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Vegetatio

, Volume 83, Issue 1–2, pp 97–110 | Cite as

Montane vegetation of the Mt. Field massif, Tasmania: a test of some hypotheses about properties of community patterns

  • Peter R. Minchin
Article

Abstract

direct gradient analysis was applied to the montane vegetation of the Mt. Field massif, Tasmania. Ecological response surface were constructed, describing the relationship between the mean % cover of each of 100 vascular plant species and two major environmental complex-gradients represented by soil drainage and altitude. The hypotheses tested were that: (1) the ecological responses of species are generally of Gaussian form; (2) the modes of ‘minor’ species have a uniform random distribution along gradients; (3) the modes of ‘major’ species are evenly distributed; (4) the frequency distribution over species of modal abundance is either lograndom or lognormal; and (5) alpha diversity has a unimodal trend along environmental gradients. The hypotheses were tested both for the full site of vascular species and for each of five species groups defined by structural form. Hypothesis (1) was rejected: only 45% of species had response surface which appeared unimodal and symmetric. Hypotheses (2) and (4) were rejected for the full set of species, but each was supported for all but one of the structural groups. The modes of herb species were clumped, rather than random and the frequency distribution of modal percentage cover for shrubs was inconsistent with both lograndom and lognormal hypotheses. Contrary to hypothesis (3), the modes of ‘major’ species were randomly distributed. Although total alpha diversity had a complex trend surface, the patterns for the alpha diversities of each structural group were unimodal, in accordance with hypothesis (5). The results suggest that an adequate model of community variation along environmental gradients must take into account differences in response patterns between species groups.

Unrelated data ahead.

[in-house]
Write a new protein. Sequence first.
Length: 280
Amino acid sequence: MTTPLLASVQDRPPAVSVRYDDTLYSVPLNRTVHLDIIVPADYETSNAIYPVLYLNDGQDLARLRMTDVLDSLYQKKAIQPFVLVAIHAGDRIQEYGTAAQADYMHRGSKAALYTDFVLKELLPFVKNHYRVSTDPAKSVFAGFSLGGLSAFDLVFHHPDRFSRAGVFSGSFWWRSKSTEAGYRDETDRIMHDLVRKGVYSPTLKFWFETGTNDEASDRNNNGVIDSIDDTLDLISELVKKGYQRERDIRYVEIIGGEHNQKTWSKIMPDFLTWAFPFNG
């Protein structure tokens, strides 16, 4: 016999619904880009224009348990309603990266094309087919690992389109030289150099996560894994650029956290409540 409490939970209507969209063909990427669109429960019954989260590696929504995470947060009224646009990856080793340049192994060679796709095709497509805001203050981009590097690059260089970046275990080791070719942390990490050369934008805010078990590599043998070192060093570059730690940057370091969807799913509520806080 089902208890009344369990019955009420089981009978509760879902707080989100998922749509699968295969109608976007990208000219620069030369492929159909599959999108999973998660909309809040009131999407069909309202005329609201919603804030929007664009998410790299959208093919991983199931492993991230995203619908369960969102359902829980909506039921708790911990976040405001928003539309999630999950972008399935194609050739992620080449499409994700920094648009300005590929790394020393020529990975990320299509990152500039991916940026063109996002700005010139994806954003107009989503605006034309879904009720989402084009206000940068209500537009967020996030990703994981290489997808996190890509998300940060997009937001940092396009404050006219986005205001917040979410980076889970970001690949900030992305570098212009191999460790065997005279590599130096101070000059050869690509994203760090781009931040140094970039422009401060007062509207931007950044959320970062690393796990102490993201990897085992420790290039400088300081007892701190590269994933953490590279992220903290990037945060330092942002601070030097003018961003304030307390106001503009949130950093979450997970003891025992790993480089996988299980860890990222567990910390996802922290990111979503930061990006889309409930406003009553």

Keywords

Coenoplane Continuum concept Ecological response Ecoplane Gaussian model Gradient analysis Individualistic hypothesis Response surface 

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Copyright information

© Kluwer Academic Publishers 1989

Authors and Affiliations

  • Peter R. Minchin
    • 1
  1. 1.Department of Biogeography and Geomorphology, Research School of Pacific StudiesAustralian National UniversityCanberraAustralia

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